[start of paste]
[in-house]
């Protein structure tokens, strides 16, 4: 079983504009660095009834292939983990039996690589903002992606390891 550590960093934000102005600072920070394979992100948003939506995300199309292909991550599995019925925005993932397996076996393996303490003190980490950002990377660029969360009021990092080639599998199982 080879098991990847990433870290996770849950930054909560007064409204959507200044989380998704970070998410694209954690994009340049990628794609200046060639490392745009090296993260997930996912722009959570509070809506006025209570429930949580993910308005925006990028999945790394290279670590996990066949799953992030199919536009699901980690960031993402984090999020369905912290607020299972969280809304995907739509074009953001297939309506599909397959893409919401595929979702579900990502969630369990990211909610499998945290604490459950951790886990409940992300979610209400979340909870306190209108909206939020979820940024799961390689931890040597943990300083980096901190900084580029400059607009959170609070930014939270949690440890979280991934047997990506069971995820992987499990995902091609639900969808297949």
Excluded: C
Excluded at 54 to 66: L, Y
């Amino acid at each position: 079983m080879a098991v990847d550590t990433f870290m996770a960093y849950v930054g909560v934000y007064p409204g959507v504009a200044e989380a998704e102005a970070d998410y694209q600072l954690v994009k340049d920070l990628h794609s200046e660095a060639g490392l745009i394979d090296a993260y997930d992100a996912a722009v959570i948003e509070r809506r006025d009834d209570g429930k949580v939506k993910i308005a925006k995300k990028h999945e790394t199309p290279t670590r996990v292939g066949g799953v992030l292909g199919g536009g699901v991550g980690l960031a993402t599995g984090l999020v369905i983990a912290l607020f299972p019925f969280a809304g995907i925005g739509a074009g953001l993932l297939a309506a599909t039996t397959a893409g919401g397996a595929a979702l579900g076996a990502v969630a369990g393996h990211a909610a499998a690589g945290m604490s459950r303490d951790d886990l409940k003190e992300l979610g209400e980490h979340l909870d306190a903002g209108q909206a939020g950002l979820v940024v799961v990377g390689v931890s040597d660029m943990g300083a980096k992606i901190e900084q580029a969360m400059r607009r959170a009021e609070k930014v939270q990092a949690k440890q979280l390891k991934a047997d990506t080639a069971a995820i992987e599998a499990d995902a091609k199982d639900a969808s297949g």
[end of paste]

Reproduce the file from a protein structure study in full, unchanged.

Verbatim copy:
[in-house]
């Protein structure tokens, strides 16, 4: 079983504009660095009834292939983990039996690589903002992606390891 550590960093934000102005600072920070394979992100948003939506995300199309292909991550599995019925925005993932397996076996393996303490003190980490950002990377660029969360009021990092080639599998199982 080879098991990847990433870290996770849950930054909560007064409204959507200044989380998704970070998410694209954690994009340049990628794609200046060639490392745009090296993260997930996912722009959570509070809506006025209570429930949580993910308005925006990028999945790394290279670590996990066949799953992030199919536009699901980690960031993402984090999020369905912290607020299972969280809304995907739509074009953001297939309506599909397959893409919401595929979702579900990502969630369990990211909610499998945290604490459950951790886990409940992300979610209400979340909870306190209108909206939020979820940024799961390689931890040597943990300083980096901190900084580029400059607009959170609070930014939270949690440890979280991934047997990506069971995820992987499990995902091609639900969808297949």
Excluded: C
Excluded at 54 to 66: L, Y
């Amino acid at each position: 079983m080879a098991v990847d550590t990433f870290m996770a960093y849950v930054g909560v934000y007064p409204g959507v504009a200044e989380a998704e102005a970070d998410y694209q600072l954690v994009k340049d920070l990628h794609s200046e660095a060639g490392l745009i394979d090296a993260y997930d992100a996912a722009v959570i948003e509070r809506r006025d009834d209570g429930k949580v939506k993910i308005a925006k995300k990028h999945e790394t199309p290279t670590r996990v292939g066949g799953v992030l292909g199919g536009g699901v991550g980690l960031a993402t599995g984090l999020v369905i983990a912290l607020f299972p019925f969280a809304g995907i925005g739509a074009g953001l993932l297939a309506a599909t039996t397959a893409g919401g397996a595929a979702l579900g076996a990502v969630a369990g393996h990211a909610a499998a690589g945290m604490s459950r303490d951790d886990l409940k003190e992300l979610g209400e980490h979340l909870d306190a903002g209108q909206a939020g950002l979820v940024v799961v990377g390689v931890s040597d660029m943990g300083a980096k992606i901190e900084q580029a969360m400059r607009r959170a009021e609070k930014v939270q990092a949690k440890q979280l390891k991934a047997d990506t080639a069971a995820i992987e599998a499990d995902a091609k199982d639900a969808s297949g």